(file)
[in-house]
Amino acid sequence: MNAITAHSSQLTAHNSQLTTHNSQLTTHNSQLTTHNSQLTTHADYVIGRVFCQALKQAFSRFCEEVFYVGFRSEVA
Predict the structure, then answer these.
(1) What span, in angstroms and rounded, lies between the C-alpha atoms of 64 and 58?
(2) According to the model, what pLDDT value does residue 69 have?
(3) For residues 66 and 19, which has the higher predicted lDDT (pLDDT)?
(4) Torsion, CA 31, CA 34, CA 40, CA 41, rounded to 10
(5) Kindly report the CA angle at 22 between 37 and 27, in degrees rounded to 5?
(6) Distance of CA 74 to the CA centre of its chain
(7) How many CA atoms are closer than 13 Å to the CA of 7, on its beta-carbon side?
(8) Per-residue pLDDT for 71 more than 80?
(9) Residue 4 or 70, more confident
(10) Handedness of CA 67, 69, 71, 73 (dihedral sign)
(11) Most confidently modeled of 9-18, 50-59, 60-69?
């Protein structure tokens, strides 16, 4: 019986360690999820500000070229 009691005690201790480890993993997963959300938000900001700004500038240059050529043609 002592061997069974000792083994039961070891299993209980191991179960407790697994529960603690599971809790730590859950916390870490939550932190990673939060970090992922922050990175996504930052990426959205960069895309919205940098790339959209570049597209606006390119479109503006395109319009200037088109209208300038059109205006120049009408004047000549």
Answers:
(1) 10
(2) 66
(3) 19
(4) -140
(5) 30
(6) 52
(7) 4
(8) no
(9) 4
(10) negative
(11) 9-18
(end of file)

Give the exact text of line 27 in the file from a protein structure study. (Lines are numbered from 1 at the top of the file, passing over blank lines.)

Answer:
(11) 9-18